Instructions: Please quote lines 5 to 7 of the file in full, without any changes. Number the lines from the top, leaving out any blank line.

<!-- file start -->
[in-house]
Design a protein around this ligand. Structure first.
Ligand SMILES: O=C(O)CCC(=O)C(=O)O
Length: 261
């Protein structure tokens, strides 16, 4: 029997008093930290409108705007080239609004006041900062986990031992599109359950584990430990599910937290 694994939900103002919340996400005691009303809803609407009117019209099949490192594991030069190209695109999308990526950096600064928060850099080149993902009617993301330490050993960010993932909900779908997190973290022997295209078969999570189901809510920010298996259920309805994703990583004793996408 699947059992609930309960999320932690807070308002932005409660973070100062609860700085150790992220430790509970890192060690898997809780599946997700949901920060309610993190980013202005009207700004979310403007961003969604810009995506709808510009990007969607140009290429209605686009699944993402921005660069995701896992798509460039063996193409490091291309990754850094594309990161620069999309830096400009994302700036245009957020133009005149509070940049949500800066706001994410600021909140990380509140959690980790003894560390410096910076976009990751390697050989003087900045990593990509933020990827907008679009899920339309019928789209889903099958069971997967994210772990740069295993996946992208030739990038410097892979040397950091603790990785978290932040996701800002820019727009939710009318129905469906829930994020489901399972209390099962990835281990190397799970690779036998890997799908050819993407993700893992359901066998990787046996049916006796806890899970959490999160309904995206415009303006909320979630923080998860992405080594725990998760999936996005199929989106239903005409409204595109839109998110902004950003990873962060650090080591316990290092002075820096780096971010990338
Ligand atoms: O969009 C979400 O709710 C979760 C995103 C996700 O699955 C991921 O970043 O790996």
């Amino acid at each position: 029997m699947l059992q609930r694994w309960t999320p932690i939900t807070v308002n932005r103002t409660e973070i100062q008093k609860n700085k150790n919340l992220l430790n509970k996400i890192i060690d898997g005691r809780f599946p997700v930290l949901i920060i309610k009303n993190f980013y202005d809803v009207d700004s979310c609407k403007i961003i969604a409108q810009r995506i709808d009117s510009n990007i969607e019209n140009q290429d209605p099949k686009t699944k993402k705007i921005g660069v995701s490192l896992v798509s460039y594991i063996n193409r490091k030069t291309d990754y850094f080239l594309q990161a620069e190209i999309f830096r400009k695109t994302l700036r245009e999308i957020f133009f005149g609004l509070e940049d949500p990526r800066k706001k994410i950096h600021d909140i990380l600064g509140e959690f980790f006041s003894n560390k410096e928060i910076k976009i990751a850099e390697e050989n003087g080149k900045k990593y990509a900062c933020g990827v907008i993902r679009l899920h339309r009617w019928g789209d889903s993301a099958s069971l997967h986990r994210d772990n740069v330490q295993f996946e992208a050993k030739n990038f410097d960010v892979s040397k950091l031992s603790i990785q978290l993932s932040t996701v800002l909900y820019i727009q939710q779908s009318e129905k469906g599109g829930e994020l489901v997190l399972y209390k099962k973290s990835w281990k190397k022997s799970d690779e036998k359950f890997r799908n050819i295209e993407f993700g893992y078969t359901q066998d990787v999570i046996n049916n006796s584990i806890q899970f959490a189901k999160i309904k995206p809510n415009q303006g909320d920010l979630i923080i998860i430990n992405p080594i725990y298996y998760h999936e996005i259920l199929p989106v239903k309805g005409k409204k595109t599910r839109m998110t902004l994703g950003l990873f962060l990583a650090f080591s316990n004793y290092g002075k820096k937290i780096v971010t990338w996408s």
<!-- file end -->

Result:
């Protein structure tokens, strides 16, 4: 029997008093930290409108705007080239609004006041900062986990031992599109359950584990430990599910937290 694994939900103002919340996400005691009303809803609407009117019209099949490192594991030069190209695109999308990526950096600064928060850099080149993902009617993301330490050993960010993932909900779908997190973290022997295209078969999570189901809510920010298996259920309805994703990583004793996408 699947059992609930309960999320932690807070308002932005409660973070100062609860700085150790992220430790509970890192060690898997809780599946997700949901920060309610993190980013202005009207700004979310403007961003969604810009995506709808510009990007969607140009290429209605686009699944993402921005660069995701896992798509460039063996193409490091291309990754850094594309990161620069999309830096400009994302700036245009957020133009005149509070940049949500800066706001994410600021909140990380509140959690980790003894560390410096910076976009990751390697050989003087900045990593990509933020990827907008679009899920339309019928789209889903099958069971997967994210772990740069295993996946992208030739990038410097892979040397950091603790990785978290932040996701800002820019727009939710009318129905469906829930994020489901399972209390099962990835281990190397799970690779036998890997799908050819993407993700893992359901066998990787046996049916006796806890899970959490999160309904995206415009303006909320979630923080998860992405080594725990998760999936996005199929989106239903005409409204595109839109998110902004950003990873962060650090080591316990290092002075820096780096971010990338
Ligand atoms: O969009 C979400 O709710 C979760 C995103 C996700 O699955 C991921 O970043 O790996």
């Amino acid at each position: 029997m699947l059992q609930r694994w309960t999320p932690i939900t807070v308002n932005r103002t409660e973070i100062q008093k609860n700085k150790n919340l992220l430790n509970k996400i890192i060690d898997g005691r809780f599946p997700v930290l949901i920060i309610k009303n993190f980013y202005d809803v009207d700004s979310c609407k403007i961003i969604a409108q810009r995506i709808d009117s510009n990007i969607e019209n140009q290429d209605p099949k686009t699944k993402k705007i921005g660069v995701s490192l896992v798509s460039y594991i063996n193409r490091k030069t291309d990754y850094f080239l594309q990161a620069e190209i999309f830096r400009k695109t994302l700036r245009e999308i957020f133009f005149g609004l509070e940049d949500p990526r800066k706001k994410i950096h600021d909140i990380l600064g509140e959690f980790f006041s003894n560390k410096e928060i910076k976009i990751a850099e390697e050989n003087g080149k900045k990593y990509a900062c933020g990827v907008i993902r679009l899920h339309r009617w019928g789209d889903s993301a099958s069971l997967h986990r994210d772990n740069v330490q295993f996946e992208a050993k030739n990038f410097d960010v892979s040397k950091l031992s603790i990785q978290l993932s932040t996701v800002l909900y820019i727009q939710q779908s009318e129905k469906g599109g829930e994020l489901v997190l399972y209390k099962k973290s990835w281990k190397k022997s799970d690779e036998k359950f890997r799908n050819i295209e993407f993700g893992y078969t359901q066998d990787v999570i046996n049916n006796s584990i806890q899970f959490a189901k999160i309904k995206p809510n415009q303006g909320d920010l979630i923080i998860i430990n992405p080594i725990y298996y998760h999936e996005i259920l199929p989106v239903k309805g005409k409204k595109t599910r839109m998110t902004l994703g950003l990873f962060l990583a650090f080591s316990n004793y290092g002075k820096k937290i780096v971010t990338w996408s």